Despite prices rising over 40% across Europe, PPA offer prices have not reflected this, partly because PPA pricing is influenced more by long-term variables such as construction costs of the renewable asset (solar module/turbine costs), logistic costs and changes in national and European level policy that might affect developers internal power price forecasts.
UK Month-Ahead Power Price vs PPA Offers Prices, July-Sept 2021
While big energy consumers have the scale and leverage to negotiate PPAs on their own, mid-sized companies with smaller volume requirements often struggle to secure significant discounts. For them, aggregated PPAs can offer an effective alternative to going solo.
With monthly energy bills set to skyrocket, smaller businesses should consider forming a consortium and using an aggregated PPA to purchase energy at a discount, either from a single developer or across multiple projects. By acting in concert, each business in the buying group can benefit from the added negotiating leverage that comes with a bulk purchase.
Are PPAs enough?
Will PPAs work under the unprecedented market conditions impacting the UK and Europe? An analysis conducted by Zeigo and S&P Global Platts in early September found that the tariffs being negotiated in European PPA agreements remained stable despite spiking merchant prices.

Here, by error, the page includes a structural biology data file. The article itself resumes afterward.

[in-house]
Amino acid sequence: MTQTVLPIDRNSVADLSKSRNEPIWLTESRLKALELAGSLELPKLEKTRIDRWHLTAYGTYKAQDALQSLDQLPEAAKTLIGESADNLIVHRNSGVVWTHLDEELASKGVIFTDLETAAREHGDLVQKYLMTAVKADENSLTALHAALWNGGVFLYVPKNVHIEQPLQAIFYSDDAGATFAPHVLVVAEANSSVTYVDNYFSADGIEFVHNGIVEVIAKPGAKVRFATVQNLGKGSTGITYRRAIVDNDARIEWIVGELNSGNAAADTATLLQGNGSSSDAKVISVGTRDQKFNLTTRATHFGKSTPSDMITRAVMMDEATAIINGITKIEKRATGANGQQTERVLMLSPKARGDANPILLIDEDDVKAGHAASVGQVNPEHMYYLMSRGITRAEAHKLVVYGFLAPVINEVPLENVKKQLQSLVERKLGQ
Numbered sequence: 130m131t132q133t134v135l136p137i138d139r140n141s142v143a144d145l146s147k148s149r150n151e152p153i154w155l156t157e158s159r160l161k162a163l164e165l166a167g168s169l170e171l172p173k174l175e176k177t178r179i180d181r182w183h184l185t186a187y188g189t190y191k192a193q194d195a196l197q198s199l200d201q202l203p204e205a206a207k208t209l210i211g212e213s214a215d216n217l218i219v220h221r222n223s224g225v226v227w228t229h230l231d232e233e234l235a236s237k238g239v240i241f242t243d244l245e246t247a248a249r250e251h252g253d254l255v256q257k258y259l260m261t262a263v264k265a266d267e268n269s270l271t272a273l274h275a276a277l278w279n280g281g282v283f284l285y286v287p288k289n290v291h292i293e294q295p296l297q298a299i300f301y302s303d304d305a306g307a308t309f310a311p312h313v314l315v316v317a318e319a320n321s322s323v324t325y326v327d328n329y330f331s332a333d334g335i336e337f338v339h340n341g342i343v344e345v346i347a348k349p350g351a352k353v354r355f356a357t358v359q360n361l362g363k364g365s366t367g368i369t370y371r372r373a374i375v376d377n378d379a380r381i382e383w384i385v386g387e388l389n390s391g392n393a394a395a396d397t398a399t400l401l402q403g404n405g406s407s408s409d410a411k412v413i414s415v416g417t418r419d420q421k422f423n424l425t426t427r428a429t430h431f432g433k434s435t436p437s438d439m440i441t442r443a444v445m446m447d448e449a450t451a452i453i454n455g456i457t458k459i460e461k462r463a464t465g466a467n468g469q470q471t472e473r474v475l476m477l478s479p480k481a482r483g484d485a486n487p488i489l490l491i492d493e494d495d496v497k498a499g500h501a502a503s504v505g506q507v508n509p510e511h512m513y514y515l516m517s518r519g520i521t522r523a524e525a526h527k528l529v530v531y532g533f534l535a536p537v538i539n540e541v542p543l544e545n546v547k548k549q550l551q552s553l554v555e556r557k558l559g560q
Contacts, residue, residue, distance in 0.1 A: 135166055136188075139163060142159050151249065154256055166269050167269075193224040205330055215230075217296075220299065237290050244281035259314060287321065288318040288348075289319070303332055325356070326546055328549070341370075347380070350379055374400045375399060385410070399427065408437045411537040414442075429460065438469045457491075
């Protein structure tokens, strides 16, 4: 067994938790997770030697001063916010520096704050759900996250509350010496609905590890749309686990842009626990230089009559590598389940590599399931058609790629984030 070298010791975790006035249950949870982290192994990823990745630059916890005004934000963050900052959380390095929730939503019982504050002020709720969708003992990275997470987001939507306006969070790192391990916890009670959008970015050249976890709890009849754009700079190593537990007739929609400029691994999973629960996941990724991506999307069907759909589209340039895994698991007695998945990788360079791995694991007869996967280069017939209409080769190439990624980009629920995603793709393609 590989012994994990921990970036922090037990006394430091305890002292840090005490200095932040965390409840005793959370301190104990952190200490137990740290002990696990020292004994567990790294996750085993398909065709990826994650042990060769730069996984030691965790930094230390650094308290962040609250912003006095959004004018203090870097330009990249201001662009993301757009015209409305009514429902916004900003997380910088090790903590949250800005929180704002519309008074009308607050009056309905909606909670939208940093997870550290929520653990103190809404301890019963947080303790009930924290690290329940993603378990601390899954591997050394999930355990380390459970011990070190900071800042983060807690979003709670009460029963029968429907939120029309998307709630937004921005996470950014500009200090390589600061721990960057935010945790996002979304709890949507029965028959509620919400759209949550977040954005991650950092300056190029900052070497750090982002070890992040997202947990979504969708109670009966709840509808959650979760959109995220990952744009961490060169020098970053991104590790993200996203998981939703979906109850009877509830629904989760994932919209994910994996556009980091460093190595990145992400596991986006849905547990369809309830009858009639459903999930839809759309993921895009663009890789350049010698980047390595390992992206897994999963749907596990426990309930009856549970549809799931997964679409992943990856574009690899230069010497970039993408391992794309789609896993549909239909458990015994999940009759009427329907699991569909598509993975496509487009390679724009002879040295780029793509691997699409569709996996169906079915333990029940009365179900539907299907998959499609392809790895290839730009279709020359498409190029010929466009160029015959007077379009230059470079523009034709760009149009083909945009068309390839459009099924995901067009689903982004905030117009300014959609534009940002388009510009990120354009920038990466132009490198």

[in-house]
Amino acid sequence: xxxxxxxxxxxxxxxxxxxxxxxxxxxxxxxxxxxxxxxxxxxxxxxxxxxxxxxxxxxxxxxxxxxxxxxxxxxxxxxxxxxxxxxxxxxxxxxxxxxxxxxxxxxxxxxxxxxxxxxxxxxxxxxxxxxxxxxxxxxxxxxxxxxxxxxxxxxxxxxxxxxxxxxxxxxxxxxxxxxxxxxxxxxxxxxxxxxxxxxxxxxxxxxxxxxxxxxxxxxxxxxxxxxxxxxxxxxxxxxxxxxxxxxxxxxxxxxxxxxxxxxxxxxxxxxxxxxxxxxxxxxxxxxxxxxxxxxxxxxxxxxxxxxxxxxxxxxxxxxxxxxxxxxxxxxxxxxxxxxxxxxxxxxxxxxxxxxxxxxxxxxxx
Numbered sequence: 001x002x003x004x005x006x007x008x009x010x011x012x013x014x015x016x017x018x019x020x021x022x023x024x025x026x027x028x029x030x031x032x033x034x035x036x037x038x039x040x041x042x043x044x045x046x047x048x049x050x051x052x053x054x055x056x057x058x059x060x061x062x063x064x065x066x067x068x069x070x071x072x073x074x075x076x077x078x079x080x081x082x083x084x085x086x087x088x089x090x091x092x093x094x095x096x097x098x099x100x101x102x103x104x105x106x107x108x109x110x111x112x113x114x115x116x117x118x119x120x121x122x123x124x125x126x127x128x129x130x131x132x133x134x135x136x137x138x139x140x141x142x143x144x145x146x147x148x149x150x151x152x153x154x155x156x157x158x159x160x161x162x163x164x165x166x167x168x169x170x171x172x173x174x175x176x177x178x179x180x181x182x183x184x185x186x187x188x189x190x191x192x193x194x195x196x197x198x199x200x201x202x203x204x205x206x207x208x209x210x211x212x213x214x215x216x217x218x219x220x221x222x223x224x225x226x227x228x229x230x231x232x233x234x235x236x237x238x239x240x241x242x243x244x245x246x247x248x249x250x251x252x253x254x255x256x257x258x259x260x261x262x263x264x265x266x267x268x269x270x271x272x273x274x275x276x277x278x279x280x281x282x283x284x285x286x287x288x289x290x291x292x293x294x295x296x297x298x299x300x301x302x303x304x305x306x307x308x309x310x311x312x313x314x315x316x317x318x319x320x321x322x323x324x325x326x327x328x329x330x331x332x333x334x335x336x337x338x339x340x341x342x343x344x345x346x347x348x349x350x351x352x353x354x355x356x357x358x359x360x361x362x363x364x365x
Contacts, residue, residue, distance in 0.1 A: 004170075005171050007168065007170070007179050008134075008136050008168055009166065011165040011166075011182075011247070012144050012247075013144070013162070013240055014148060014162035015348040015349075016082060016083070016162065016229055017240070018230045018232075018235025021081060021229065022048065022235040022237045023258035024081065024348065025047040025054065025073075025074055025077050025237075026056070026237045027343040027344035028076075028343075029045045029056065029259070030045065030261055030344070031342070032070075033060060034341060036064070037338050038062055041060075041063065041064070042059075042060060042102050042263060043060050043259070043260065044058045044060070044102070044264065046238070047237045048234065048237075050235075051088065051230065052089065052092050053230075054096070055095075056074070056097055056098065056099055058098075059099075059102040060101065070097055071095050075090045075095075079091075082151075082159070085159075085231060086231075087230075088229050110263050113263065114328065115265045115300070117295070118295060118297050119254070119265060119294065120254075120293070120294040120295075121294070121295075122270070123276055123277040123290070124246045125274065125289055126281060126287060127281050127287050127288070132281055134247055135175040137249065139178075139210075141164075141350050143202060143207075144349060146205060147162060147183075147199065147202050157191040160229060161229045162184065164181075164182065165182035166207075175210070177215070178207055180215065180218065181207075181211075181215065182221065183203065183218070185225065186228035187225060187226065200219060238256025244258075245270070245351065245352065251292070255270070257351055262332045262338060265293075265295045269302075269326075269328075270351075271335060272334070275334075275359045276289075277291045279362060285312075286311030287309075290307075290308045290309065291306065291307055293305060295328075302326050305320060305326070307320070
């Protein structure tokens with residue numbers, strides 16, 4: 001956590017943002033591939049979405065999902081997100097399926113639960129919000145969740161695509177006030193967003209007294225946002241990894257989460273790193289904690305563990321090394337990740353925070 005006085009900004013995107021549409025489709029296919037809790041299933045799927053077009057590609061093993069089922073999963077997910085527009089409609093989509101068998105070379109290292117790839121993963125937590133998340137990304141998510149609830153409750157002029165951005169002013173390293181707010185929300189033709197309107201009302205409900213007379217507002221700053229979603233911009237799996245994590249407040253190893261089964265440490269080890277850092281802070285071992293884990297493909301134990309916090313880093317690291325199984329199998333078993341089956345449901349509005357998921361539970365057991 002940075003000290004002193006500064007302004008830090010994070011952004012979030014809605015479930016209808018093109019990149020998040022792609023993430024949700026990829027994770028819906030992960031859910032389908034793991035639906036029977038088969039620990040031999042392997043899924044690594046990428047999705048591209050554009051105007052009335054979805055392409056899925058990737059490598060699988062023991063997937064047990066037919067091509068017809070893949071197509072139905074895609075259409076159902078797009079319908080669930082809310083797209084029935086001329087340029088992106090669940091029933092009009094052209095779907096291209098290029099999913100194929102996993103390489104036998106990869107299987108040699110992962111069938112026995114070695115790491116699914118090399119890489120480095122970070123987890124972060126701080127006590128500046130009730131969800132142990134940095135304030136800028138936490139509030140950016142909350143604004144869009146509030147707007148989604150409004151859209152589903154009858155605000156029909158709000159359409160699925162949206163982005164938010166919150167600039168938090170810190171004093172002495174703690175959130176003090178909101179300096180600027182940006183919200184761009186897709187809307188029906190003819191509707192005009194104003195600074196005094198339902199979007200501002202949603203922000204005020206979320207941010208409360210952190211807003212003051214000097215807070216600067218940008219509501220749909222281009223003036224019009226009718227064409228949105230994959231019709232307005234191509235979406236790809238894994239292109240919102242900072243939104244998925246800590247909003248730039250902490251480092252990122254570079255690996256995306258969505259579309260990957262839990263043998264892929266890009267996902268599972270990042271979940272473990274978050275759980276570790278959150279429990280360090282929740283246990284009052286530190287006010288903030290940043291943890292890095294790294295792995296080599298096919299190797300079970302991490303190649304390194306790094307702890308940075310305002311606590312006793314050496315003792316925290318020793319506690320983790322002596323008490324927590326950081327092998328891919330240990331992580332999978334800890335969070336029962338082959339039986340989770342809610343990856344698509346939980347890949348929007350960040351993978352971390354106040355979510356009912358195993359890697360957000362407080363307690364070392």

With an average contract term of 11.5 years, corporate energy buyers were locking in significant discounts while the PPA market as a whole proved remarkably resistant to inflationary pressures — despite prices rising over 40% across Europe.
Hedge and defend
In a time of extreme energy market uncertainty, organisations need to protect themselves against spiking power prices. PPAs can be a powerful hedge against price volatility, as well as a source of stability when the risk of supply disruption could jeopardise operations and revenues.
Zeigo’s award-winning platform makes negotiating power purchase agreements easier and can also simplify the process of entering into an aggregated PPA for smaller firms.
Want to find out more? Request access to the Zeigo platform here you can start your PPA journey.